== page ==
To find what’s best for you, collect data and experiment.
Third, you need to learn to read the scale correctly. While fat loss success is often associated with how much weight you can lose in a week – at least in the evidence-based fitness community – this isn’t always appropriate if you have a cycle.
During certain phases, some people can experience bloating from water retention and, even though they’re being as consistent as ever, this will show up as a weight increase on the scale compared to the previous week, which can lead them to believe they’re doing something wrong.
I recommend tracking your weekly weight average, then comparing differences in these averages between similar weeks in different cycles instead of comparing one week’s average to the previous and following week.
For example, if you tend to gain 1 to 2 lbs during PMS, compare your weight average during PMS to your weight average during PMS in previous and future cycles. As long as the weight is trending down from one PMS phase to the next, then you’re losing body fat, even if your PMS weight is heavier than the previous week’s weight, when you weren’t in this phase of the cycle.
Factor #4: Health conditions and seasons of life
Certain health conditions and seasons of life can add another degree of challenge to a fat loss phase by reducing the number of calories you can burn, increasing your hunger levels, affecting your psychology and mood, or a combination of all these.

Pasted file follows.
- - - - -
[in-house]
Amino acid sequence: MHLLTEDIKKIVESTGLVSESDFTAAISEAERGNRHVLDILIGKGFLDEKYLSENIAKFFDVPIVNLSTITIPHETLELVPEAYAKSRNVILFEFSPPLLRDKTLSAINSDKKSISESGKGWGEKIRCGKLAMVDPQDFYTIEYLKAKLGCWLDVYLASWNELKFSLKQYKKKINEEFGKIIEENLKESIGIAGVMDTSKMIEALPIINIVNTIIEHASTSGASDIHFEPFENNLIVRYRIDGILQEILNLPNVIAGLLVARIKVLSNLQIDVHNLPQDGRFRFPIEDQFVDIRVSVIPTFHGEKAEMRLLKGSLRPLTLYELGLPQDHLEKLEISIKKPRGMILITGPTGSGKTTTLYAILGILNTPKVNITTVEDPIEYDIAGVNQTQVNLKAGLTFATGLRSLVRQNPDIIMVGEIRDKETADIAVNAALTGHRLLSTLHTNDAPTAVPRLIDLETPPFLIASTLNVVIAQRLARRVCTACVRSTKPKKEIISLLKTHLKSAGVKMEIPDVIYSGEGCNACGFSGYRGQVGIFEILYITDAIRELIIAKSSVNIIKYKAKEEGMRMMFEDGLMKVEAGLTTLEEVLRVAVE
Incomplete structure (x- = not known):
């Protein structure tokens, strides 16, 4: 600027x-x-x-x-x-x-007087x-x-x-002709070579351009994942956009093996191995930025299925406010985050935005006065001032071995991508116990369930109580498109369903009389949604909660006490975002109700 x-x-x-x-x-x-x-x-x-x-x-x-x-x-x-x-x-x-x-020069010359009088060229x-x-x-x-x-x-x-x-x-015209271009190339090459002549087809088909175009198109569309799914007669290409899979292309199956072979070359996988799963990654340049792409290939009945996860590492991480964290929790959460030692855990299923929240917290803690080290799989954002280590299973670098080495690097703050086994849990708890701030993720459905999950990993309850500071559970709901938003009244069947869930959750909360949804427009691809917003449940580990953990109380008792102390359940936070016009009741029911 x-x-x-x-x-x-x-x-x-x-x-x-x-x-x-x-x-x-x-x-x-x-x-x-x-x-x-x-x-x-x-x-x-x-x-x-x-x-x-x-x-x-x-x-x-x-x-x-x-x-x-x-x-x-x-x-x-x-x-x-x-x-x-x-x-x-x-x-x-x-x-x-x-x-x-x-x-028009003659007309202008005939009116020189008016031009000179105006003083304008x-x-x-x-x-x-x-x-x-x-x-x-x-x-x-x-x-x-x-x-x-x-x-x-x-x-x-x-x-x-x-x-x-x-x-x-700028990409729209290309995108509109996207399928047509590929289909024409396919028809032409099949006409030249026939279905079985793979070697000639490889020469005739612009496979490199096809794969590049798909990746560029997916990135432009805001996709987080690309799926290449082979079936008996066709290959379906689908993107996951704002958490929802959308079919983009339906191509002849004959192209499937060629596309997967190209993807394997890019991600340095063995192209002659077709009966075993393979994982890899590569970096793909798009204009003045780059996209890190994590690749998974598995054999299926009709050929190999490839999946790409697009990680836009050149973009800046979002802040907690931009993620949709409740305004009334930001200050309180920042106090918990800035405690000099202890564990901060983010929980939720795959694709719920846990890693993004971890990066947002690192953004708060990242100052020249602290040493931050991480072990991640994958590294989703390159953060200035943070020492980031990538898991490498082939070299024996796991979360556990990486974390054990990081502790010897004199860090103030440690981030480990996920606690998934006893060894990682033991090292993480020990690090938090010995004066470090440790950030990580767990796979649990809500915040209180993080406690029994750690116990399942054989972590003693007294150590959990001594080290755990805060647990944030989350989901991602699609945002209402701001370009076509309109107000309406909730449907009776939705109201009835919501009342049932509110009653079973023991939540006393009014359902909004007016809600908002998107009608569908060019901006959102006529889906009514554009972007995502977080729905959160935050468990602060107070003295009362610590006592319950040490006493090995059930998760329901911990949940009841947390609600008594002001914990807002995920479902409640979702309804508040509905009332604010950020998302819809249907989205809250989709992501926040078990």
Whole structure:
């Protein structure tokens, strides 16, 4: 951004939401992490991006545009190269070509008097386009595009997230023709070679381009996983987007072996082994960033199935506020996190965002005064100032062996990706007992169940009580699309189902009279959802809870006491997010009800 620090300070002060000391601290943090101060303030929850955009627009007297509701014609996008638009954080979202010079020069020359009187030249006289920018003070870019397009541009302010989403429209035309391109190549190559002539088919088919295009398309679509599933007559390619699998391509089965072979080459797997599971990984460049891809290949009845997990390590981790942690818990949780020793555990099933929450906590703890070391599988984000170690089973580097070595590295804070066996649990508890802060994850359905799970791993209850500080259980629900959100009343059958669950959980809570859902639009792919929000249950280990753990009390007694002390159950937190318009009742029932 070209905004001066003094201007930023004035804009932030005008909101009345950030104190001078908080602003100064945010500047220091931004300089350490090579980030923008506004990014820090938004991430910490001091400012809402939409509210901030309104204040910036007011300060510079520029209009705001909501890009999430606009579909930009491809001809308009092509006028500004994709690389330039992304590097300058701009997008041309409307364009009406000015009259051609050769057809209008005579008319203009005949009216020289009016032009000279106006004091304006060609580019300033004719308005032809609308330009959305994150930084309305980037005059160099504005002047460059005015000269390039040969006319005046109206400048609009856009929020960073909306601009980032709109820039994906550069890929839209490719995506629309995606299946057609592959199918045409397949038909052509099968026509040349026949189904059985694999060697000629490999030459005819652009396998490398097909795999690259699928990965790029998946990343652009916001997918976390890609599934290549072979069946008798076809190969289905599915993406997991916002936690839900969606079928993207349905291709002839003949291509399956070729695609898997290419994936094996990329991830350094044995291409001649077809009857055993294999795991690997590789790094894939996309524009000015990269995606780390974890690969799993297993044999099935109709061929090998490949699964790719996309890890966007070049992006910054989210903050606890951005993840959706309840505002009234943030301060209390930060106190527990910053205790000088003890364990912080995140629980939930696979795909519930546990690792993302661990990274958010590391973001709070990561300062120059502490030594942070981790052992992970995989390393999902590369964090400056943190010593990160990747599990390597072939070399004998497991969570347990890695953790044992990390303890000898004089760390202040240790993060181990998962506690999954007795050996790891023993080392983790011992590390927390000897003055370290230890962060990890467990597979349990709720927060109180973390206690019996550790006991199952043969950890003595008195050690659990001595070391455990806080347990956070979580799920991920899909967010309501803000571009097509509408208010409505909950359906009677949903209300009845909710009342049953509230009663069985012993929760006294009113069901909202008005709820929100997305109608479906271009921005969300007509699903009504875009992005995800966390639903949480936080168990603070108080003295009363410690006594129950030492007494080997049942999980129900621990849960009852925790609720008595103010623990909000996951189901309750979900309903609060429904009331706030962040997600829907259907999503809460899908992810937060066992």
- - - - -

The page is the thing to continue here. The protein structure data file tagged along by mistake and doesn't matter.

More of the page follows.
Some common examples include:
While discussing each of the three health conditions in depth is beyond the scope of this article, there are ways to manage them and still achieve your fat loss goal, but they often require expert knowledge.
So your best bet is to reach out to a doctor for a proper diagnosis and treatment plan, and to a coach that has proven expertise in working with people in the same situation.
Finally, the menopause is a whole new season of life that comes with alterations to your hormones and metabolism, which can in turn impact your body and mindset in ways you aren’t used to. That’s why it’s not uncommon even for previously successful dieters to struggle more with a fat loss phase when they enter the menopause.
For these reasons, consider working alongside a knowledgeable coach to get to know your evolving body and optimise your plan to get the best results that you can.
Thanks for reading. May you make the best gains.
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An online fitness coach who likes bodybuilding, superheroes, and bread.